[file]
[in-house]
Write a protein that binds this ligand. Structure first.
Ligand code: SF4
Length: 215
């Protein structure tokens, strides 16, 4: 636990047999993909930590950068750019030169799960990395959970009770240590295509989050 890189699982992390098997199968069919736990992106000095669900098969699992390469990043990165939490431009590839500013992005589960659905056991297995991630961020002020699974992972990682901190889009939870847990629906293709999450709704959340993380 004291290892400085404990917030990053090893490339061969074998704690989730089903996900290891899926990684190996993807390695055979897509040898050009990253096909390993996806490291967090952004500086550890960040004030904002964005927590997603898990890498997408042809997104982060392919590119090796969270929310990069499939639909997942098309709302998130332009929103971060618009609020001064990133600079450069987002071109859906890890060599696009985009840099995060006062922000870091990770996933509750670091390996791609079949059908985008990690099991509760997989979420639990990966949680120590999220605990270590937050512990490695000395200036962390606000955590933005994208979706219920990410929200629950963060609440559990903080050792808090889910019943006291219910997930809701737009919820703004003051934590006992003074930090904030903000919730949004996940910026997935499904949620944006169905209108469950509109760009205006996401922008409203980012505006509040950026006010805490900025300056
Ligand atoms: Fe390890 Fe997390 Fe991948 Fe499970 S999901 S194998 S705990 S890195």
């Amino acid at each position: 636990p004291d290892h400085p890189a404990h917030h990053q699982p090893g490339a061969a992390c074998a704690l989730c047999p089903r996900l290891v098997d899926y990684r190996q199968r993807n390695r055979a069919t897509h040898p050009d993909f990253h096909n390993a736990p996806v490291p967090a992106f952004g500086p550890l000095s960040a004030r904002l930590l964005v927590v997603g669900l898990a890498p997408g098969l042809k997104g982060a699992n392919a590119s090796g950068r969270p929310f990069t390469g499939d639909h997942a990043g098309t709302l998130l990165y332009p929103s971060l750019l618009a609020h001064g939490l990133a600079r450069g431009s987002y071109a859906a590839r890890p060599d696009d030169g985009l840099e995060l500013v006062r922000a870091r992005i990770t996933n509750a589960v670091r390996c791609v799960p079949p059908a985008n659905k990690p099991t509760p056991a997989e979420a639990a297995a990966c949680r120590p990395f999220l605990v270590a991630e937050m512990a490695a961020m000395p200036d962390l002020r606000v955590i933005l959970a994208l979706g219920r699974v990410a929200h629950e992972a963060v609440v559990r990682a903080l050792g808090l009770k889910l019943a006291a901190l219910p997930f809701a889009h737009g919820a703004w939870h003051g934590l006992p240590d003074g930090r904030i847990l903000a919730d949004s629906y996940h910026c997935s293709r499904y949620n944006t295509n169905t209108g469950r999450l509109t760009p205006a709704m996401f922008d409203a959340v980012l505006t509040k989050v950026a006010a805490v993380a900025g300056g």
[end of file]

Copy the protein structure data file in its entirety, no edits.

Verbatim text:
[in-house]
Write a protein that binds this ligand. Structure first.
Ligand code: SF4
Length: 215
């Protein structure tokens, strides 16, 4: 636990047999993909930590950068750019030169799960990395959970009770240590295509989050 890189699982992390098997199968069919736990992106000095669900098969699992390469990043990165939490431009590839500013992005589960659905056991297995991630961020002020699974992972990682901190889009939870847990629906293709999450709704959340993380 004291290892400085404990917030990053090893490339061969074998704690989730089903996900290891899926990684190996993807390695055979897509040898050009990253096909390993996806490291967090952004500086550890960040004030904002964005927590997603898990890498997408042809997104982060392919590119090796969270929310990069499939639909997942098309709302998130332009929103971060618009609020001064990133600079450069987002071109859906890890060599696009985009840099995060006062922000870091990770996933509750670091390996791609079949059908985008990690099991509760997989979420639990990966949680120590999220605990270590937050512990490695000395200036962390606000955590933005994208979706219920990410929200629950963060609440559990903080050792808090889910019943006291219910997930809701737009919820703004003051934590006992003074930090904030903000919730949004996940910026997935499904949620944006169905209108469950509109760009205006996401922008409203980012505006509040950026006010805490900025300056
Ligand atoms: Fe390890 Fe997390 Fe991948 Fe499970 S999901 S194998 S705990 S890195």
């Amino acid at each position: 636990p004291d290892h400085p890189a404990h917030h990053q699982p090893g490339a061969a992390c074998a704690l989730c047999p089903r996900l290891v098997d899926y990684r190996q199968r993807n390695r055979a069919t897509h040898p050009d993909f990253h096909n390993a736990p996806v490291p967090a992106f952004g500086p550890l000095s960040a004030r904002l930590l964005v927590v997603g669900l898990a890498p997408g098969l042809k997104g982060a699992n392919a590119s090796g950068r969270p929310f990069t390469g499939d639909h997942a990043g098309t709302l998130l990165y332009p929103s971060l750019l618009a609020h001064g939490l990133a600079r450069g431009s987002y071109a859906a590839r890890p060599d696009d030169g985009l840099e995060l500013v006062r922000a870091r992005i990770t996933n509750a589960v670091r390996c791609v799960p079949p059908a985008n659905k990690p099991t509760p056991a997989e979420a639990a297995a990966c949680r120590p990395f999220l605990v270590a991630e937050m512990a490695a961020m000395p200036d962390l002020r606000v955590i933005l959970a994208l979706g219920r699974v990410a929200h629950e992972a963060v609440v559990r990682a903080l050792g808090l009770k889910l019943a006291a901190l219910p997930f809701a889009h737009g919820a703004w939870h003051g934590l006992p240590d003074g930090r904030i847990l903000a919730d949004s629906y996940h910026c997935s293709r499904y949620n944006t295509n169905t209108g469950r999450l509109t760009p205006a709704m996401f922008d409203a959340v980012l505006t509040k989050v950026a006010a805490v993380a900025g300056g």